“FOLLOWING clear guidance” from Public Health England is how one school will deal with suspected Covid-19 cases within its walls, as students started returning to the classroom this week.

Over the last fortnight pupils across the country have been heading back to school for their next year of learning, including those at Shaftesbury School who experienced a staggered return.

These establishments have now been transformed with new measures, in a bid to make them Covid-19 secure.

“There has been a bit of anxiety in these different times, but it’s just fantastic to have these students back again,” said Shaftesbury School headteacher Tim Farrer.

He added: “The whole risk assessment has been carried out, the school is safe and we’re ready to welcome everyone back.”

Hand sanitiser stations, a one-way system and staggered lunch and break periods are some of the ways in which Shaftesbury School has changed to become safe and enforce social distancing for its students, staff and visitors.

All desks in classrooms will be facing the front and windows will be open to enable more ventilation.

Speaking during the return of Year 7 and 12 students on Monday, Mr Farrer said the school community appears “happy”, describing the need for staggered inductions as “obviously important so everyone can adapt”.

He added: “It is just wonderful [having students back], and that is not an overstatement. Not having the children here has been horrible.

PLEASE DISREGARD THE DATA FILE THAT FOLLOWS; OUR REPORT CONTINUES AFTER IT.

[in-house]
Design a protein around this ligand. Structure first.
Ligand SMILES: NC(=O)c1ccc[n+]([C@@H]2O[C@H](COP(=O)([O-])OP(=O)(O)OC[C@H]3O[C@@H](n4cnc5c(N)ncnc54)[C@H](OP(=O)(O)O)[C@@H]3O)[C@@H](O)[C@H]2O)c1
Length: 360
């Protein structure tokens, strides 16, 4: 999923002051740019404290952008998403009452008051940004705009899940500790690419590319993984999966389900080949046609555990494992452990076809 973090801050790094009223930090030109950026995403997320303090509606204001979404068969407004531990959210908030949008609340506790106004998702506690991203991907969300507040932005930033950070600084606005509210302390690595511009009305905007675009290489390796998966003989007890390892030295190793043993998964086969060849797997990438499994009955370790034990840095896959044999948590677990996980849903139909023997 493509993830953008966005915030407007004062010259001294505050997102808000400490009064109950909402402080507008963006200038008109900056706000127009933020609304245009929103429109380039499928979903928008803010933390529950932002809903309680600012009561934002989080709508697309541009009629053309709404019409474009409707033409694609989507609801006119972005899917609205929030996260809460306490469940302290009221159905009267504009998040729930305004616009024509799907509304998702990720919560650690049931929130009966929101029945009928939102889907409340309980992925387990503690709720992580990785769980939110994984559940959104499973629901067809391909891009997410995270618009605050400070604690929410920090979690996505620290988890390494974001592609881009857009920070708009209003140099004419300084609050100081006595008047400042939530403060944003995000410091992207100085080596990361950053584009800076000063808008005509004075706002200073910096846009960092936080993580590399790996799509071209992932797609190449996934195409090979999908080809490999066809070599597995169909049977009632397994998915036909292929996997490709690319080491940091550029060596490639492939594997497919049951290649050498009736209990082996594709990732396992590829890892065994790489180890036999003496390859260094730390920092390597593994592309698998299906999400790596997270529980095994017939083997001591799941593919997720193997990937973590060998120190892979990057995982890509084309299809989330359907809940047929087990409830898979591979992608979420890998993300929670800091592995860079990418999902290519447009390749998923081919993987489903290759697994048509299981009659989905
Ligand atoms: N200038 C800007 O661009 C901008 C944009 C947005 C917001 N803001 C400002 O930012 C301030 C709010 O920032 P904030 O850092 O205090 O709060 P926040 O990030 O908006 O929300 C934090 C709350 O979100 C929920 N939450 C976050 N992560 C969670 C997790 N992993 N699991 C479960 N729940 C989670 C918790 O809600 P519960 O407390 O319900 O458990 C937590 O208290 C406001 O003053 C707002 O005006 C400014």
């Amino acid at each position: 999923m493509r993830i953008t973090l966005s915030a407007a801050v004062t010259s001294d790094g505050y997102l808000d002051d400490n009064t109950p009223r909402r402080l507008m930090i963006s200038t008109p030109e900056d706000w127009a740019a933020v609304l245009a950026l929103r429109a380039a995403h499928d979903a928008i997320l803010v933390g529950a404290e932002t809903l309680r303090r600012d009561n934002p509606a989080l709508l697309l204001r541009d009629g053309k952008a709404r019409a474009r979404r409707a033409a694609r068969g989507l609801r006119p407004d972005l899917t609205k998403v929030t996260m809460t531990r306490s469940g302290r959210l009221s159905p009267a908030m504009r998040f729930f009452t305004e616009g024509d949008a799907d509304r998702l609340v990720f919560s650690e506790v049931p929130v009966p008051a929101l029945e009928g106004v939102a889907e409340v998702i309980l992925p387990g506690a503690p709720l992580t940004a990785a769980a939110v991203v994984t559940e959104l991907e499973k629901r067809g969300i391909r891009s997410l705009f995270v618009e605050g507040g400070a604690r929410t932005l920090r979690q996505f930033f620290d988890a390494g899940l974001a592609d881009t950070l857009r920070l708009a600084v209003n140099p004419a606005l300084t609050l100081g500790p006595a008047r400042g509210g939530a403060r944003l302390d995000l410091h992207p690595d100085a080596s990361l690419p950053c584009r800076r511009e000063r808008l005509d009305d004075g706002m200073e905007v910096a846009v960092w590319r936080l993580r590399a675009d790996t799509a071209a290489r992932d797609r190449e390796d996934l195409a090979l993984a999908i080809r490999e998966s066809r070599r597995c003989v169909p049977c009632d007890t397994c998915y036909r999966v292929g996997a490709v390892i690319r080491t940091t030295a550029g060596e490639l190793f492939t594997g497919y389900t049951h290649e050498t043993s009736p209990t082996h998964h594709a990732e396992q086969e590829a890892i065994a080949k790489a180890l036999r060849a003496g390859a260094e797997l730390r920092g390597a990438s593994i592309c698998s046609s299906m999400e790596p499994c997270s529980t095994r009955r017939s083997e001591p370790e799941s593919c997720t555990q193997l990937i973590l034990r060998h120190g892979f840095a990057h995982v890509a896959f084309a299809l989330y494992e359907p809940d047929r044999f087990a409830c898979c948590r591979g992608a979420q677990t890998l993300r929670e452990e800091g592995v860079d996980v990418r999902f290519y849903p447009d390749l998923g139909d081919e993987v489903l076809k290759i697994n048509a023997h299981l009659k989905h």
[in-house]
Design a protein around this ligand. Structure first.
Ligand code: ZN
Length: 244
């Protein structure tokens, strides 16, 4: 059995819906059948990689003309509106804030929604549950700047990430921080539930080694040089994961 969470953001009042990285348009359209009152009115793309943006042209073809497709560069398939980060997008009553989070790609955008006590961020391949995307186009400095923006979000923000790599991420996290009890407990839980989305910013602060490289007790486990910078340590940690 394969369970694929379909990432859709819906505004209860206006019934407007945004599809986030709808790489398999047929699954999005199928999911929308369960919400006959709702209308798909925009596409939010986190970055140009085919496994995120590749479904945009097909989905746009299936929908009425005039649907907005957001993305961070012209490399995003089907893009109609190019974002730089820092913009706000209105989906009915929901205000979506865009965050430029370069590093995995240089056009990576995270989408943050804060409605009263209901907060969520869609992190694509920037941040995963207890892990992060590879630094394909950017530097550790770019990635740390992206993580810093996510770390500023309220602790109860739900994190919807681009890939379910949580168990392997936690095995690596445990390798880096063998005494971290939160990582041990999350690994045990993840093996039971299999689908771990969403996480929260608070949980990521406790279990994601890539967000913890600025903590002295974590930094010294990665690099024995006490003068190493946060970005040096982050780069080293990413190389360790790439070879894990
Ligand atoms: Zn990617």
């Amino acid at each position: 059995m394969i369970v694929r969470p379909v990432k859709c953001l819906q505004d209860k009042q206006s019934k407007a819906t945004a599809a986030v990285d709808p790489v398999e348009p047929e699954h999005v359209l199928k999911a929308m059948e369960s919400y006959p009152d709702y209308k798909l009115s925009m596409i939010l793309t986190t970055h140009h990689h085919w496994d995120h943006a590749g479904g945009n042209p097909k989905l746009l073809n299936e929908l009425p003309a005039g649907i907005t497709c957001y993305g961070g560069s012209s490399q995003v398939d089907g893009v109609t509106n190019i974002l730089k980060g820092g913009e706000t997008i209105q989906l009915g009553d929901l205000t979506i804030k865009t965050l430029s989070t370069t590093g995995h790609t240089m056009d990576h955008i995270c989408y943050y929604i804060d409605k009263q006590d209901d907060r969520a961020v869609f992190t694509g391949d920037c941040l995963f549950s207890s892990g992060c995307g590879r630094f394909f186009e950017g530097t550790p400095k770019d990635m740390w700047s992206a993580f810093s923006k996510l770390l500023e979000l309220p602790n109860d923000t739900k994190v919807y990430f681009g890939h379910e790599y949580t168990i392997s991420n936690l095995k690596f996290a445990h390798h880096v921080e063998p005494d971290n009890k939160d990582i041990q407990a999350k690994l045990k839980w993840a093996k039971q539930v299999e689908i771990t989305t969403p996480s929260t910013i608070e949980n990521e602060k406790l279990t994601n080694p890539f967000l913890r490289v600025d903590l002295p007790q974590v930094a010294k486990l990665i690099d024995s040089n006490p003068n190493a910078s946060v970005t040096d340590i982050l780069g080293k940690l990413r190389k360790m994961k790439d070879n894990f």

“[On Monday] we had a 100 per cent turnout - and we had really good turnout with the Year 10s during lockdown. This gives a boost to the confidence of both students and parents.

"We have done everything we can to make the school as safe as possible in the current context."

He added: “It is up to us to provide specialist teaching in specialist rooms with specialist subjects. This is the best learning we can give these students who have missed out on so much this year.”

The school’s boarding house is also in operation with health and safety measures in place, with students enrolled from all over the world.

Mr Farrer said: “When you walk down the corridor you hear Afrikaans, French, Spanish, Mandarin - a whole range of languages are here which is so enriching.

“All these cultures in one place makes the learning experience vibrant and different.”

When asked what would happen if a positive Covid-19 case was onsite, Mr Farrer said: “[Schools] have all got clear guidance from Public Health England and a clear flowchart to follow for suspected cases. If the worst were to happen we have got notices to follow.”

Parents have also been invited to offer feedback to Shaftesbury School following its reopening, with Mr Farrer adding “mistakes can be made”, and reviews will take place every two weeks.

This follows the news that Yewstock School in Sturminster Newton is yet to reopen after a member of staff tested positive for coronavirus.

Sam Crowe, director of public health for Dorset and Bournemouth, Christchurch and Poole Councils, said: “[Authorities] Public Health Dorset and Dorset Council are working with the school to make sure all necessary measures are in place.

"The school has closed as a precautionary measure for a deep clean and pupils will be returning to school slightly later than planned.”